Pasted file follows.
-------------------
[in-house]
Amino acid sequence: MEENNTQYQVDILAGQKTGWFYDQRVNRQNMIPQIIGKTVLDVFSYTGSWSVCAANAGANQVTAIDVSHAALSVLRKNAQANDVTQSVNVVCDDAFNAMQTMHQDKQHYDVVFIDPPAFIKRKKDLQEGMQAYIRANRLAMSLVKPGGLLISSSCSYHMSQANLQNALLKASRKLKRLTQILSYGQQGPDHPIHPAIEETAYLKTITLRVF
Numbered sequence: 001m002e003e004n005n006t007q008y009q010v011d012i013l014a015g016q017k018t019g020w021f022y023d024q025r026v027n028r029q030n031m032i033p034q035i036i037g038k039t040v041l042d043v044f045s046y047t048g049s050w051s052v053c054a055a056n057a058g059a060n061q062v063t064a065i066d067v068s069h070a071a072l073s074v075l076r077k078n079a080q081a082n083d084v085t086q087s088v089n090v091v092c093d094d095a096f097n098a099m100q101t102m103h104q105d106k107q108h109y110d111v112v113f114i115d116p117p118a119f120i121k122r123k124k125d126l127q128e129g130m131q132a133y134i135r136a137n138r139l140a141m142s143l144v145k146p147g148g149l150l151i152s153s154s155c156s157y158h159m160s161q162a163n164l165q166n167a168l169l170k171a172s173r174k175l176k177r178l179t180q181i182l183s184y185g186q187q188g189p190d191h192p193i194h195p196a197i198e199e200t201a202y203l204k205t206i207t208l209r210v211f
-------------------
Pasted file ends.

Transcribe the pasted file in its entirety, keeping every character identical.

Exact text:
[in-house]
Amino acid sequence: MEENNTQYQVDILAGQKTGWFYDQRVNRQNMIPQIIGKTVLDVFSYTGSWSVCAANAGANQVTAIDVSHAALSVLRKNAQANDVTQSVNVVCDDAFNAMQTMHQDKQHYDVVFIDPPAFIKRKKDLQEGMQAYIRANRLAMSLVKPGGLLISSSCSYHMSQANLQNALLKASRKLKRLTQILSYGQQGPDHPIHPAIEETAYLKTITLRVF
Numbered sequence: 001m002e003e004n005n006t007q008y009q010v011d012i013l014a015g016q017k018t019g020w021f022y023d024q025r026v027n028r029q030n031m032i033p034q035i036i037g038k039t040v041l042d043v044f045s046y047t048g049s050w051s052v053c054a055a056n057a058g059a060n061q062v063t064a065i066d067v068s069h070a071a072l073s074v075l076r077k078n079a080q081a082n083d084v085t086q087s088v089n090v091v092c093d094d095a096f097n098a099m100q101t102m103h104q105d106k107q108h109y110d111v112v113f114i115d116p117p118a119f120i121k122r123k124k125d126l127q128e129g130m131q132a133y134i135r136a137n138r139l140a141m142s143l144v145k146p147g148g149l150l151i152s153s154s155c156s157y158h159m160s161q162a163n164l165q166n167a168l169l170k171a172s173r174k175l176k177r178l179t180q181i182l183s184y185g186q187q188g189p190d191h192p193i194h195p196a197i198e199e200t201a202y203l204k205t206i207t208l209r210v211f